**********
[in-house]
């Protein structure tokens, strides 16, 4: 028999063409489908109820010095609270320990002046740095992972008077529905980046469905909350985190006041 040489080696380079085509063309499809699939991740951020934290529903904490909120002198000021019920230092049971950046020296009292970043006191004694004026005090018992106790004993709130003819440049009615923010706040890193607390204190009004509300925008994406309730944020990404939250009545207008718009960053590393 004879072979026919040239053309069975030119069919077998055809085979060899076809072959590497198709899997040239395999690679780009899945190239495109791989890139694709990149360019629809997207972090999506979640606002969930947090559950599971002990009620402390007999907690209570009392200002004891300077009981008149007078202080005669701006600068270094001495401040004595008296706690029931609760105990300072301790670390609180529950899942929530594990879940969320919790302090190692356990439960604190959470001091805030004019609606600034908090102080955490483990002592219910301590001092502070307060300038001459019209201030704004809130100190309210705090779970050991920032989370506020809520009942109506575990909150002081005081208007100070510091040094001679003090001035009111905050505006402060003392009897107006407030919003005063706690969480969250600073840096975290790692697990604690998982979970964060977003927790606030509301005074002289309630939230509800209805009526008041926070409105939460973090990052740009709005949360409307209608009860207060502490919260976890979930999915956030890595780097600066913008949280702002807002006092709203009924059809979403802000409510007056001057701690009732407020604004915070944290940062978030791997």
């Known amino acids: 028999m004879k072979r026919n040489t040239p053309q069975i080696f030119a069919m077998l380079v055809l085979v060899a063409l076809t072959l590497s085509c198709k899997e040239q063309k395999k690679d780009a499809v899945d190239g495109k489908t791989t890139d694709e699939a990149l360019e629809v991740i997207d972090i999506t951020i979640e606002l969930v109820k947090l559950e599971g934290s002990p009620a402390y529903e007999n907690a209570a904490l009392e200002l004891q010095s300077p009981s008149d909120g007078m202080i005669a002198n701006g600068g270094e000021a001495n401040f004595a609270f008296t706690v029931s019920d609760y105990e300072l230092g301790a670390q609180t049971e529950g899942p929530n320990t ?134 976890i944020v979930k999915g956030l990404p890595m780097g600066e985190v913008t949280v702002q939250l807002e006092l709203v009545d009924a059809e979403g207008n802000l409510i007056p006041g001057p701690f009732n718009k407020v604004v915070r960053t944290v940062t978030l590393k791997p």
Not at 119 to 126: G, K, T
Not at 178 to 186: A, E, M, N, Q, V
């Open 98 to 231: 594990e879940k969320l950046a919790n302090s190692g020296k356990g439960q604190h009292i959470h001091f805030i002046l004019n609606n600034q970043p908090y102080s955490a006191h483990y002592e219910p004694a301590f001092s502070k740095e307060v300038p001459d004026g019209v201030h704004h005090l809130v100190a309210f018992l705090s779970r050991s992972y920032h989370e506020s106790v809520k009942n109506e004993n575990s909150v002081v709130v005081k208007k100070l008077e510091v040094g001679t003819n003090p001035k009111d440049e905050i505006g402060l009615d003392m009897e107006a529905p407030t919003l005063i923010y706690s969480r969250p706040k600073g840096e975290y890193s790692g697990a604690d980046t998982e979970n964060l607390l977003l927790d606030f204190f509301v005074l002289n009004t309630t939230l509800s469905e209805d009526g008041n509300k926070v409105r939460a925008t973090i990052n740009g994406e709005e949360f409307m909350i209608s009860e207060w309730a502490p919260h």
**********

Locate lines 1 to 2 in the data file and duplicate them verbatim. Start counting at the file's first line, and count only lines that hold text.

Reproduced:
[in-house]
């Protein structure tokens, strides 16, 4: 028999063409489908109820010095609270320990002046740095992972008077529905980046469905909350985190006041 040489080696380079085509063309499809699939991740951020934290529903904490909120002198000021019920230092049971950046020296009292970043006191004694004026005090018992106790004993709130003819440049009615923010706040890193607390204190009004509300925008994406309730944020990404939250009545207008718009960053590393 004879072979026919040239053309069975030119069919077998055809085979060899076809072959590497198709899997040239395999690679780009899945190239495109791989890139694709990149360019629809997207972090999506979640606002969930947090559950599971002990009620402390007999907690209570009392200002004891300077009981008149007078202080005669701006600068270094001495401040004595008296706690029931609760105990300072301790670390609180529950899942929530594990879940969320919790302090190692356990439960604190959470001091805030004019609606600034908090102080955490483990002592219910301590001092502070307060300038001459019209201030704004809130100190309210705090779970050991920032989370506020809520009942109506575990909150002081005081208007100070510091040094001679003090001035009111905050505006402060003392009897107006407030919003005063706690969480969250600073840096975290790692697990604690998982979970964060977003927790606030509301005074002289309630939230509800209805009526008041926070409105939460973090990052740009709005949360409307209608009860207060502490919260976890979930999915956030890595780097600066913008949280702002807002006092709203009924059809979403802000409510007056001057701690009732407020604004915070944290940062978030791997």